Salivary Gland Swelling, Uncertain Cause

Salivary glands make saliva in response to food in your mouth. Saliva is mostly water. It also has minerals and proteins that help break down food and keep the mouth and teeth healthy. There are 3 pairs of salivary glands:

  • Parotid glands. In front of the ear.

  • Submandibular glands. Below the jaw.

  • Sublingual glands. Below the tongue.

Each gland has a tube (duct) that carries saliva from the gland into the mouth. 

The salivary glands can sometimes get swollen. Causes can include:

  • Viral infection (such as childhood mumps)

  • Bacterial infections

  • Sjögren syndrome

  • Diabetes

  • Malnutrition

  • Sarcoidosis

  • Blocked salivary duct (from stones or tumors)

Certain medicines can affect salivary flow. This can lead to swollen glands. Tell your healthcare provider about all of the medicines you take.

Tests are being done to find the cause of the swelling. These may include blood tests, X-ray, ultrasound, CT scan, or injecting dye into the duct to look for blockage. Treatment depends on the exact cause of the swelling.

Home care

  • If the area is painful, you can take over-the-counter medicines, such as acetaminophen or ibuprofen, unless you were prescribed another medicine. Wetting a cloth with warm water and putting it over the affected gland for 10 to 15 minutes at a time can also help ease pain.

  • To help prevent blockages and infections:

    • Drink 6 to 8 glasses of fluid per day (such as water, tea, and clear soup) to keep well-hydrated.

    • If you smoke, ask your healthcare provider for help to quit. Smoking makes salivary gland stones more likely.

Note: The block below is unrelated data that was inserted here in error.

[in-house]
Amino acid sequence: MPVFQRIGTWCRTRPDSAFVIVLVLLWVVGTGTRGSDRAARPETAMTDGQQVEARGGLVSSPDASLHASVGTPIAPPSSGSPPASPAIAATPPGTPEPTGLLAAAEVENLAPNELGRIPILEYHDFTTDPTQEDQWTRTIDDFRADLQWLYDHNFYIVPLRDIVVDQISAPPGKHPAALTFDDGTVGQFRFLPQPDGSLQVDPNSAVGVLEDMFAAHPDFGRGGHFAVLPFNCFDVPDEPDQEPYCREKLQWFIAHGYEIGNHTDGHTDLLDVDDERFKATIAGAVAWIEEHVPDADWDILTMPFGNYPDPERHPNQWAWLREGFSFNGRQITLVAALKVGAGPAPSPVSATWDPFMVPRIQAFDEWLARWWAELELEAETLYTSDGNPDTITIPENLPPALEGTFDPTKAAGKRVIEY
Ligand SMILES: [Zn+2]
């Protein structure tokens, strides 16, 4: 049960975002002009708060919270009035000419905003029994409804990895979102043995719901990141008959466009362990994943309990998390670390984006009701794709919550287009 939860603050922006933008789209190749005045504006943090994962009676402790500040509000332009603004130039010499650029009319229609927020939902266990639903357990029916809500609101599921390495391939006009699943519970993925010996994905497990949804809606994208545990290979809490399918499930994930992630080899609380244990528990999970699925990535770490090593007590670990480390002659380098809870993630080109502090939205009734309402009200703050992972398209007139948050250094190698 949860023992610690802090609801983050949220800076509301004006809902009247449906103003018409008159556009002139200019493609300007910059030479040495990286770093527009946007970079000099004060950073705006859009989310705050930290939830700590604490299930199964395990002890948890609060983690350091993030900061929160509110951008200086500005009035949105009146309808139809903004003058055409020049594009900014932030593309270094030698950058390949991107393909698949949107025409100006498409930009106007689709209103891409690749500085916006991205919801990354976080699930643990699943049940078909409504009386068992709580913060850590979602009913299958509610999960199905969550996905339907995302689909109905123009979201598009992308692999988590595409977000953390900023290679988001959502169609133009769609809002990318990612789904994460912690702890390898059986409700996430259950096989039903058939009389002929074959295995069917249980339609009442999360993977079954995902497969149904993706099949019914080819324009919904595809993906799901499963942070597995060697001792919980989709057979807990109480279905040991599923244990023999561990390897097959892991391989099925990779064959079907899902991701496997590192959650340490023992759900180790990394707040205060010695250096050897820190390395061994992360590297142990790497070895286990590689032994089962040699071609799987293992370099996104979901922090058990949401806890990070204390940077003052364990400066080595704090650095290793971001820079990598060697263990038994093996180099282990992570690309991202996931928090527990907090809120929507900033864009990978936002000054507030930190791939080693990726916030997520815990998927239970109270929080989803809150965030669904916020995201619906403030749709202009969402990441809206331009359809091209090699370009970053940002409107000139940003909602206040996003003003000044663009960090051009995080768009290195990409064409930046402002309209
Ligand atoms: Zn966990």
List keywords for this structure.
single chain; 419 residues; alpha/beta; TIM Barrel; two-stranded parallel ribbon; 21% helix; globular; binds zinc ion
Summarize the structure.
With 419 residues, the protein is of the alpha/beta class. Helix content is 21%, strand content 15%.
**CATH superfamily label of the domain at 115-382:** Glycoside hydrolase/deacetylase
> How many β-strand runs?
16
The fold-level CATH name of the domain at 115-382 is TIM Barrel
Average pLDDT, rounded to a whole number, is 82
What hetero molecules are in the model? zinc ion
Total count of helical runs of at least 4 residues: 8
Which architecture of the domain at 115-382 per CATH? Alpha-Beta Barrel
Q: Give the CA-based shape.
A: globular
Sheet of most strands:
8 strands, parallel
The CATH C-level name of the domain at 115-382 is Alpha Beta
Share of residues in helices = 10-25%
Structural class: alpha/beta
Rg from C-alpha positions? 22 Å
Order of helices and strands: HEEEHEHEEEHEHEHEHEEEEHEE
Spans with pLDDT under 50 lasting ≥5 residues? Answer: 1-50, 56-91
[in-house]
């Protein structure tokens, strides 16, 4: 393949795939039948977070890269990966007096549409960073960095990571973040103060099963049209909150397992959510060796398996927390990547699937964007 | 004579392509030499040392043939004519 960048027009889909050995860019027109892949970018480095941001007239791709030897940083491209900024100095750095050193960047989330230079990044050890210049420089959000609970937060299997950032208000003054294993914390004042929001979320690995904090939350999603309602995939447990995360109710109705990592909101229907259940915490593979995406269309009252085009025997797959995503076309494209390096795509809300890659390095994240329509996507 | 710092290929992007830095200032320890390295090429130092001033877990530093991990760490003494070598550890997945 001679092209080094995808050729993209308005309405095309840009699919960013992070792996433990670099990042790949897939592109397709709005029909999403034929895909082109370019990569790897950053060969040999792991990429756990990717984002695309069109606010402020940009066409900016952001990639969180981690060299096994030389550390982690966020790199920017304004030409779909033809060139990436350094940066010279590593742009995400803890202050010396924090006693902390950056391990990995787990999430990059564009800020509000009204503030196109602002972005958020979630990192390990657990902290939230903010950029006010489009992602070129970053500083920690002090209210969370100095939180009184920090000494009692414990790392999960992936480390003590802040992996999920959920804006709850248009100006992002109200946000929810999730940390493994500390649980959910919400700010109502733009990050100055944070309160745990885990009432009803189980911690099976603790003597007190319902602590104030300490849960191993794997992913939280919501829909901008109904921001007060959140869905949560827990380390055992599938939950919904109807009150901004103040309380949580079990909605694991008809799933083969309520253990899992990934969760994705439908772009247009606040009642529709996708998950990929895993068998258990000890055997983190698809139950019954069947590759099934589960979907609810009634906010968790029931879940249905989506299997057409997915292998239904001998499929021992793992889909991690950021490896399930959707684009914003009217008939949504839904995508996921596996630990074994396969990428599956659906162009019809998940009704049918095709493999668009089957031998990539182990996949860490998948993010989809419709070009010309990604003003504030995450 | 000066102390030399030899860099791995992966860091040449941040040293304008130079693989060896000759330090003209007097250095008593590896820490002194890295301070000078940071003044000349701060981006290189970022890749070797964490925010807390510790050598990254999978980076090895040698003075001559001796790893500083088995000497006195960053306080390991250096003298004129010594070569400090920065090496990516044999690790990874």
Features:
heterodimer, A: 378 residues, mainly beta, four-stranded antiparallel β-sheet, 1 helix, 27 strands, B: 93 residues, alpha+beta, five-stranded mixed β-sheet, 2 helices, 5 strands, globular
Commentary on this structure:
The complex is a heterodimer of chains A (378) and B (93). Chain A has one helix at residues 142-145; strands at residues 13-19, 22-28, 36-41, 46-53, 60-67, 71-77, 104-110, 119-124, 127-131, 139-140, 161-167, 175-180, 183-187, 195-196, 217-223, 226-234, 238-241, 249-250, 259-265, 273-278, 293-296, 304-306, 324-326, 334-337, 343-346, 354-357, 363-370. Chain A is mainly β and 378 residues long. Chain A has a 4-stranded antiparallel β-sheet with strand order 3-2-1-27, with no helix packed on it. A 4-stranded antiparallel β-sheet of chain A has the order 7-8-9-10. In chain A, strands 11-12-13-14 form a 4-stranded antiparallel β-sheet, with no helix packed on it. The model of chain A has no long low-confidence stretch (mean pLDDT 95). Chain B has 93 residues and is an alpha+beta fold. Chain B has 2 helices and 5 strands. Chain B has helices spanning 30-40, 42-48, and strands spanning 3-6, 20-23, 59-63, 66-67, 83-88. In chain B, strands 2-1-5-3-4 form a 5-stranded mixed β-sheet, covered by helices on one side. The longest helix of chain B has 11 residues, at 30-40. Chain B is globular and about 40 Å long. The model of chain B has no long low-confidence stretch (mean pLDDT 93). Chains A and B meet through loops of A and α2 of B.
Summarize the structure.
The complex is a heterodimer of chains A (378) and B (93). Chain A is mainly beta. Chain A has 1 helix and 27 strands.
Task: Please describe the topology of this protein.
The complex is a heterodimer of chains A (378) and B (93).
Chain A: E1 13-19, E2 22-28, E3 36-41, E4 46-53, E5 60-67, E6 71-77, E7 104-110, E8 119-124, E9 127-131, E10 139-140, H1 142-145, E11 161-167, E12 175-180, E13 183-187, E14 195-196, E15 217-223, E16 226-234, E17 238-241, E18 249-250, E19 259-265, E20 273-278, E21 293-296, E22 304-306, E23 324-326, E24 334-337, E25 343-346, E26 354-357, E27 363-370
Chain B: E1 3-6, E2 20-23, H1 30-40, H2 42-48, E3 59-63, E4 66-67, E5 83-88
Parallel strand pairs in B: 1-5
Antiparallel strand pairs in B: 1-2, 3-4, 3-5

• Maintain good dental hygiene. Brush and floss your teeth daily. See your dentist for regular cleanings.

Follow-up care

Follow up with your healthcare provider, or as advised. See your healthcare provider for further exams and testing. If you have been referred to a specialist, make an appointment right away.

When to get medical advice

Call your healthcare provider if any of the following occur:

  • More pain or swelling in the gland

  • Inability to open mouth or pain when opening mouth

  • Fever of 100.4°F (38ºC) or higher, or as directed by your provider

  • Redness over the gland

  • Fluid (pus) draining into the mouth

  • Trouble breathing or swallowing

  • Any new symptoms

Prevention

Here are steps you can take to help prevent an infection:

  • Keep good handwashing habits.

  • Don’t have close contact with people who have sore throats, colds, or other upper respiratory infections.

  • Don’t smoke, and stay away from secondhand smoke.

  • Stay up to date with of your vaccines.

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